I respect you position but I have my own issues with the 'lowest possible price model'. My father-in-law owned a very successful small business back in the '80s (an office supply store) that was run out of business after he sold it by the big box office stores. The community is poorer for it. I've seen the same thing happening in other areas when a large company runs the competitors out of business and then towns become empty shells with big boxes around them. I'm luck in that I live in an inner urban area with a thriving business district with lots of small shops carrying all kinds of stuff from baked goods to meats to, quite possibly, the worlds greatest hardware store. I can walk to all of them and enjoy doing business with them. I pay a little more but the alternative is to drive 10 miles round trip to go to the big boxes and have to deal with surly people who are just doing a job...instead of enjoying the community.

    I feel that there is a hidden price we pay for going with the cheapest price. We become consumers but we lose the community...so I'll take local loyalty first, price second.
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  22. #22
    Chubby super biker bdinger's Avatar
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    Quote Originally Posted by cyccommute
    I respect you position but I have my own issues with the 'lowest possible price model'. My father-in-law owned a very successful small business back in the '80s (an office supply store) that was run out of business after he sold it by the big box office stores. The community is poorer for it. I've seen the same thing happening in other areas when a large company runs the competitors out of business and then towns become empty shells with big boxes around them. I'm luck in that I live in an inner urban area with a thriving business district with lots of small shops carrying all kinds of stuff from baked goods to meats to, quite possibly, the worlds greatest hardware store. I can walk to all of them and enjoy doing business with them. I pay a little more but the alternative is to drive 10 miles round trip to go to the big boxes and have to deal with surly people who are just doing a job...instead of enjoying the community.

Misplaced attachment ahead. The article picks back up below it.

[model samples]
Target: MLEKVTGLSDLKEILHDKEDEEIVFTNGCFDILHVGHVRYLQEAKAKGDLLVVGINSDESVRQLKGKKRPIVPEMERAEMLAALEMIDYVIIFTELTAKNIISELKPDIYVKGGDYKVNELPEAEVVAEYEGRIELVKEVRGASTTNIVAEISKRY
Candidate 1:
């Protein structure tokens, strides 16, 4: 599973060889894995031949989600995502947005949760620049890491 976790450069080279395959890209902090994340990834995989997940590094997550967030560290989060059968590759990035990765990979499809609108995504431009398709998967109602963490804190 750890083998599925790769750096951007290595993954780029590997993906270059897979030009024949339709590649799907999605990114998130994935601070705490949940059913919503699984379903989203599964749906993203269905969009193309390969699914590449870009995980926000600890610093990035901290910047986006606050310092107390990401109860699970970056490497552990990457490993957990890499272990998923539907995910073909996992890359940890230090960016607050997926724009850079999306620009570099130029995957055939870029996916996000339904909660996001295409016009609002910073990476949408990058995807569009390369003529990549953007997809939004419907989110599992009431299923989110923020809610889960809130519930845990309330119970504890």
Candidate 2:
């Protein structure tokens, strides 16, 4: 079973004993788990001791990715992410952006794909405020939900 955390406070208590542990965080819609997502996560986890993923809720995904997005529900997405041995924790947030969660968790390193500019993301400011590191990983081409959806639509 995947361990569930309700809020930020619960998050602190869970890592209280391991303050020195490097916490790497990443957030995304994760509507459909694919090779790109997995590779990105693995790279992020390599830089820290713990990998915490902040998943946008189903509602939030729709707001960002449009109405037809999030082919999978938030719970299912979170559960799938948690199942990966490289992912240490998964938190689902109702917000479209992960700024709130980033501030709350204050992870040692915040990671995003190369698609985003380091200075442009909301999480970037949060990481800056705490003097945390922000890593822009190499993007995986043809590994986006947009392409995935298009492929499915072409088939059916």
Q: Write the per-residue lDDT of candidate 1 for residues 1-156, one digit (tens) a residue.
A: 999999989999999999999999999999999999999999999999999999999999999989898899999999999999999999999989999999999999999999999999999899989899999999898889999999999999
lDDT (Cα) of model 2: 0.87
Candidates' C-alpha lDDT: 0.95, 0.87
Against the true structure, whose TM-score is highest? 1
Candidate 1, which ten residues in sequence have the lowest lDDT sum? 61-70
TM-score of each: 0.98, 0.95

I feel that there is a hidden price we pay for going with the cheapest price. We become consumers but we lose the community...so I'll take local loyalty first, price second.
    Ding ding ding. You hit my thoughts on the head. As I get older, I appreciate this so much more. When you deal locally, and preferably with a smaller shop you get people who actually CARE and know what you like. There's a local bread shop that's like that. Everything's natural, and only arguably more expensive than store bought crap ($2.75/loaf) but they are REALLY nice people. Bike shops are the same way, the guys at the store closest to me already know me but I've yet to buy a bike from them. In fact, they bend over backwards for any little business that anyone gives them - a reason why they're business is thriving.